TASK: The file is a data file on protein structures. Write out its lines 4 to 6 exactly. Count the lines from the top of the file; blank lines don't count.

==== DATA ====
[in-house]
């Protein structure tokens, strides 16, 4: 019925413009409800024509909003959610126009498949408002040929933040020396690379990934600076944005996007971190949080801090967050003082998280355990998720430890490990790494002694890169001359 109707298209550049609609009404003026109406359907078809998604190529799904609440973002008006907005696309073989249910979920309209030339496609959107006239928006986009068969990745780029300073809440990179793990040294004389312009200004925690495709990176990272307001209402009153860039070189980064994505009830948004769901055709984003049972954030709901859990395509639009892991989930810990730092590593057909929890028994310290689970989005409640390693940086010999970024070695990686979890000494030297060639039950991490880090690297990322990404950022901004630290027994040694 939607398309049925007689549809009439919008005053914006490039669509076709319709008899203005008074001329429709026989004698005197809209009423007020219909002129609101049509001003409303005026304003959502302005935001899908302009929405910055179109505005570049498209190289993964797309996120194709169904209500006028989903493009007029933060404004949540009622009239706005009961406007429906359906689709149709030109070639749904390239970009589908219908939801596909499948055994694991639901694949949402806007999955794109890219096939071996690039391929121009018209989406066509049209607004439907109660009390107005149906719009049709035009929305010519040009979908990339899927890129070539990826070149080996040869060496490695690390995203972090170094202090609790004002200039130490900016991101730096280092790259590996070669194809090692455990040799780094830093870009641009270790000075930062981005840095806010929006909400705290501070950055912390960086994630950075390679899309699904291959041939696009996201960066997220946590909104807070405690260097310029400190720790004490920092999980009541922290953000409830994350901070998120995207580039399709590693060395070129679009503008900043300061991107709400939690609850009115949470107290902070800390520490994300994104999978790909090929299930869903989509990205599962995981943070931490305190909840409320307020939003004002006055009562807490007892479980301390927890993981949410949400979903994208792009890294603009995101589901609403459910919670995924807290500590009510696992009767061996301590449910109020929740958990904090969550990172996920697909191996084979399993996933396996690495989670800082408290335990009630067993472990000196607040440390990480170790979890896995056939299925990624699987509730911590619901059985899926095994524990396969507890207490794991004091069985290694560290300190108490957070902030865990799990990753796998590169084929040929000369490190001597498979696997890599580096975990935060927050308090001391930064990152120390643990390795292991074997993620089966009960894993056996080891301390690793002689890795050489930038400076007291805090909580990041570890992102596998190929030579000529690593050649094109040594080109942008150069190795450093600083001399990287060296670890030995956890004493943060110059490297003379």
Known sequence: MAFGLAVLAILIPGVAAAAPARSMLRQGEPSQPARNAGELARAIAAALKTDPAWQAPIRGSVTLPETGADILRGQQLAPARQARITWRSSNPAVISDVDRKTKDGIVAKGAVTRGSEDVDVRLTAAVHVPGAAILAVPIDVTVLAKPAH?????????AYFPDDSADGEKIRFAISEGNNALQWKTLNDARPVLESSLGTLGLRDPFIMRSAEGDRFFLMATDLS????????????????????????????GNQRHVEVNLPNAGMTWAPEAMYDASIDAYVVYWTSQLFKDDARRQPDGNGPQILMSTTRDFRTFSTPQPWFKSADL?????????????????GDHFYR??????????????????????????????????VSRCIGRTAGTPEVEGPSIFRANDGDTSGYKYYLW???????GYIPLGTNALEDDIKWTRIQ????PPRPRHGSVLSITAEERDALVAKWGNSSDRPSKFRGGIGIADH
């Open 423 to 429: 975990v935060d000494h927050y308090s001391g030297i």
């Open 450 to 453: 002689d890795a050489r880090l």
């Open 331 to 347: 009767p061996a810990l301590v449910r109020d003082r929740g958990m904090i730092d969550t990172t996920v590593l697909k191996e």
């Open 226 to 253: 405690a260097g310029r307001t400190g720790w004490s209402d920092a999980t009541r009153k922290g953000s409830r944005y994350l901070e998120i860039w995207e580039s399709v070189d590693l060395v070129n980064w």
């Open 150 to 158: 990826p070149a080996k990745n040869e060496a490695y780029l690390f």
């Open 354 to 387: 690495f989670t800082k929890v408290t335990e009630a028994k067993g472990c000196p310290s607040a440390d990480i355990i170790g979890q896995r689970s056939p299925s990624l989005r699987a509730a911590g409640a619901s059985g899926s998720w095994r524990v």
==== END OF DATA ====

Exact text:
């Open 423 to 429: 975990v935060d000494h927050y308090s001391g030297i």
């Open 450 to 453: 002689d890795a050489r880090l």
């Open 331 to 347: 009767p061996a810990l301590v449910r109020d003082r929740g958990m904090i730092d969550t990172t996920v590593l697909k191996e």